“This is the type of LED solution that people have been waiting for to finally make the switch from traditional fluorescents. The L-Bar costs 50 percent less than both traditional LED and legacy fluorescent solutions while providing 150 lumens per watt. That’s pretty incredible performance for a lamp weighing in at a mere 19 ounces.”

For more information about the L-Bar, check out the official product page for all the juicy details or head straight to Amazon to pick a few up. I know I’m going to be looking for more opportunities to install these over the next few months.

Disclaimer: Lighting Science provided the L-Bar at no cost for review purposes, however, we were under no obligation to write anything, positive or negative about it.

Sources: Lighting Science and the Business Wire Press Release 

Images Credit: Lighting Science

 


Residential Energy Pilot Explores Use Of Storage To Balance Neighborhood Solar Generation

Originally posted on CleanTechnica

A new residential energy storage pilot seeks to better understand how batteries installed in homes can be used at the neighborhood level by grid operators to absorb solar power generation excesses during the day and discharge them when needed later in the day.

A partnership between battery manufacturer Moixa, electricity distributor Northern Powergrid, and the community energy company Energise Barnsley aims to put the idea to the test with a new pilot. Specifically, 40 homes will have Moixa lithium-ion batteries installed, including 20 x 2 kWh batteries and another 20 x 3 kWh batteries.

Simon Daniel, CEO of Moixa, said:

“Solar homes with batteries can halve their electricity bills, and this solution will become increasingly popular as costs of storage and PV fall.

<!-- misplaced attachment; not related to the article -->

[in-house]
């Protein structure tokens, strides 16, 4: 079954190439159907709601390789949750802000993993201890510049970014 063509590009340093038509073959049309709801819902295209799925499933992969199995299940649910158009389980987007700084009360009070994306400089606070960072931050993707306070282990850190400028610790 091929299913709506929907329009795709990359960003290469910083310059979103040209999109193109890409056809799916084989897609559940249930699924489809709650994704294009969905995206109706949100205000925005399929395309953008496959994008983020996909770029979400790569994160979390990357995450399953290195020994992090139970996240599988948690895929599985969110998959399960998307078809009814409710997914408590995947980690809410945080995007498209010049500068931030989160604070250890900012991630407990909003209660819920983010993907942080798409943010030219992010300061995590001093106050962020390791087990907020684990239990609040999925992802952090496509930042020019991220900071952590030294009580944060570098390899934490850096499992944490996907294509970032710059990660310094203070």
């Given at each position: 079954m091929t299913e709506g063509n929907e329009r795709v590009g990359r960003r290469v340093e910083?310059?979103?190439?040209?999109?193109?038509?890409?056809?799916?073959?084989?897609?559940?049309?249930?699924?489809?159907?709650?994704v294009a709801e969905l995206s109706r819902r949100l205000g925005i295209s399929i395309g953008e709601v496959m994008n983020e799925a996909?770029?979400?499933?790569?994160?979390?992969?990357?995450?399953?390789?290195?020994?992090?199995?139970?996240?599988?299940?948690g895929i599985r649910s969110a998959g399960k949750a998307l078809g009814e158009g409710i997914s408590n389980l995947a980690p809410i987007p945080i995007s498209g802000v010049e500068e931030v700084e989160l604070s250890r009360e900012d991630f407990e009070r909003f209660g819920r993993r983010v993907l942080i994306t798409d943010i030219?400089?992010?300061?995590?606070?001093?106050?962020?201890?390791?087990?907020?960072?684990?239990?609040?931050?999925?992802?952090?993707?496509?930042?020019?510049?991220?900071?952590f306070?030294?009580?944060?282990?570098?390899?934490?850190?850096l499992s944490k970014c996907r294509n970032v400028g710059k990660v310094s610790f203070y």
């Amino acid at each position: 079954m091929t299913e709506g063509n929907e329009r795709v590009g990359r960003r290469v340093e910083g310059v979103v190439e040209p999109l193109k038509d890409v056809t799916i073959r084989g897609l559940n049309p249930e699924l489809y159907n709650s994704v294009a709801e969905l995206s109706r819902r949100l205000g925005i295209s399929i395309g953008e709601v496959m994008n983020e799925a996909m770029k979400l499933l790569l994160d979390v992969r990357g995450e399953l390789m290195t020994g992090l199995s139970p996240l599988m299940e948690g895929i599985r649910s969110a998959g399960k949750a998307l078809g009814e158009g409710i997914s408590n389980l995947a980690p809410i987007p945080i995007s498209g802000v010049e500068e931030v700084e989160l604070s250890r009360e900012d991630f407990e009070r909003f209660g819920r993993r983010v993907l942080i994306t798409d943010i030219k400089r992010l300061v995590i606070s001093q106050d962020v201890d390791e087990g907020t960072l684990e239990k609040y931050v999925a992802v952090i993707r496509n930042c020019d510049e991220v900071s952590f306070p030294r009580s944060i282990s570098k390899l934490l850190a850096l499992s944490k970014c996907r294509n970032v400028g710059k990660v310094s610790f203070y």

“We are working closely with Northern Powergrid and this project will deliver insights to develop incentives which we hope will allow us to roll out solar plus storage to tens of thousands of homes in their region, by creating a business case for homeowners to invest and also by increasing the number of solar connections allowed on each substation.”

These 40 batteries and homes will be linked into a Virtual Power Plant (much like what Next Kraftwerk is doing today but on a smaller scale) which the utility can then utilize to absorb power when solar production is peaking. Conversely, at night when the sun isn’t shining on all those glorious solar panels, or anytime demand exceeds production, the utility can tap into this Virtual Power Plant to supply power to the grid.

neighborhood

Most of the homes in the pilot already have photovoltaic (PV) solar installed (30 of the 40 homes) which will allow the pilot operators to better understand how residentially installed solar PV can play well with residentially installed lithium-ion batteries.

In this pilot, the batteries will be installed at no cost to the residents, with all funding provided by Northern Powergrid in an effort to support the masses of solar being deployed by Energise Barnsley.

Andrew Spencer, System Planning Manager for Northern Powergrid, said:

“This partnership is one of a number of ways we’re working to explore innovations that can benefit our customers and the communities we serve.

This pilot probes some of the potential solutions for problems grid operators around the world are quickly encountering as more residential PV solar is brought online and as battery prices continue to drop.

neighborhood

Does it make more sense to install and subsidize solar at the utility level or residential? Is storage better for the grid at the utility scale or residential, or when residential installations are pooled together into a virtual power plant?

The future for residential storage and PV solar is packed with opportunity and it’s great to see progressive utilities and energy companies working together so closely with manufacturers like Moixa on neighborhood-scale pilots like this to work out the kinks.

Source: Moixa Press Release and Solar Power Portal UK

Images Credit: Moixa